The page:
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Begonias - My Hobby
An Occasional Page by Dave Staines
 HYBRIDIZATION


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A. Just my luck. When I needed a picture of a male flower flanked by two females I found I didn't have a plant in the greenhouse so this one is one from the seedlings in the garden. I would only cross named plants in the greenhouse and this picture is for illustration purposes only. The male is the large bud in the centre and the females are either side and may be recognized by the ovaries or pods at the back of the petals.
B. This is a male flower showing typical stamens with polyps carrying pollen. This is one of the cuttings in three inch pots in the greenhouse that I took earlier in the year.
C. I use a fine hair paintbrush to transfer the pollen from the male to the female stigma. This is another outdoor picture for illustration purposes only.
D.
Transferring the pollen onto the stigma of the female flower. Yet another outdoor picture for illustration purposes only.


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E. The brush should be sterilized between crosses of different male varieties and either of these liquids will do the trick. I use the one on the left as the one on the right is far too expensive to use for brush cleaning. Besides, I wouldn't drink the one on the left!!
F.
Back in the greenhouse now and a selection of females that have been pollinated. Note the different coloured wool attached to the neck of each separate female. This is how I record my crosses for future reference. One colour equals one cross so the two white strands indicate I have crossed each of these females with pollen from the same male variety. As both are obviously on the same stem they will be the same female variety but it is quite possible to use a different male to pollinate either female whilst on the same stem, but remember you will need to sterilize the brush before you use another male variety and a different colour wool to denote the separate cross.  The two females with petals still attached were later crosses and the petals will fall in due course.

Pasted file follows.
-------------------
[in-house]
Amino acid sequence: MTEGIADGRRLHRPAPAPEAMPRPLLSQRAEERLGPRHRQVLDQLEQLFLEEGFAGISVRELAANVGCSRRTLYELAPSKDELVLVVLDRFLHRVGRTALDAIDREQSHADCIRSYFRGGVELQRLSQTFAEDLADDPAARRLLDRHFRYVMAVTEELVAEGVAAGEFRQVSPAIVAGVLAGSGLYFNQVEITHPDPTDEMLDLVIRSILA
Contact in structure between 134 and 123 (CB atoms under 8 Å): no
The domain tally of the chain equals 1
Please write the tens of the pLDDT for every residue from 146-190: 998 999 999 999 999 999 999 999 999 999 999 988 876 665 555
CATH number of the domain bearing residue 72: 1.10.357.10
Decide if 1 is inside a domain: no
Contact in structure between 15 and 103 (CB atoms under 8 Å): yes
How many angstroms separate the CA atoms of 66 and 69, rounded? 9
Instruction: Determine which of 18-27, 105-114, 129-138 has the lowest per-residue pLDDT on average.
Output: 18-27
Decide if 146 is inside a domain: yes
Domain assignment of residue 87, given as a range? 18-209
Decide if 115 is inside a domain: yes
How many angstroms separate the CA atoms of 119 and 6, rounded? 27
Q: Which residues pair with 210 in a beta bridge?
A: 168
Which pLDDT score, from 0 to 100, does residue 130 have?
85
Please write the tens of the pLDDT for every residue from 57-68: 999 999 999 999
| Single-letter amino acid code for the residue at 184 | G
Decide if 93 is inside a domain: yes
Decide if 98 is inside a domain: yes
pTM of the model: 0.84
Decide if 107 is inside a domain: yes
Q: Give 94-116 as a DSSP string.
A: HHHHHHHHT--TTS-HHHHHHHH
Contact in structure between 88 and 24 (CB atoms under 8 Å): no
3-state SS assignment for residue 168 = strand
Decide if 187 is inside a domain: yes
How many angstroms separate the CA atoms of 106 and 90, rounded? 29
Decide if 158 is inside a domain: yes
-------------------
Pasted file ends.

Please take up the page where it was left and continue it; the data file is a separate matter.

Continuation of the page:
G.
As I take my crosses I record them on a piece of scrap paper as shown. This stays in the greenhouse until I've finished taking my crosses then it's taken indoors where it is kept for reference. Once I have cleaned and packaged all of the seed I then transfer the information into my "Crosses Book" where I can make notes of the crosses worth for future use. I should inform you that the pollen parent is mentioned first in all of my crosses but "officially" the female should be shown first. I was unaware of this fact when I began my crossing career so my book started off wrong and has been so ever since.
H.
As can be seen this seed pod is beginning to ripen and a close watch will be needed now as it dries out.


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I. This one is now ready for removal from the plant. Note how the ovaries are beginning to crack at the top. I will remove this pod and place it in a container to take indoors to finish drying out. The coloured wool will be kept with it in the container so I know what the cross is.
J.
Another one ready to be put into its own container. I take great care here as I don't want to shake out any seed as I remove the pod from the stem.
K.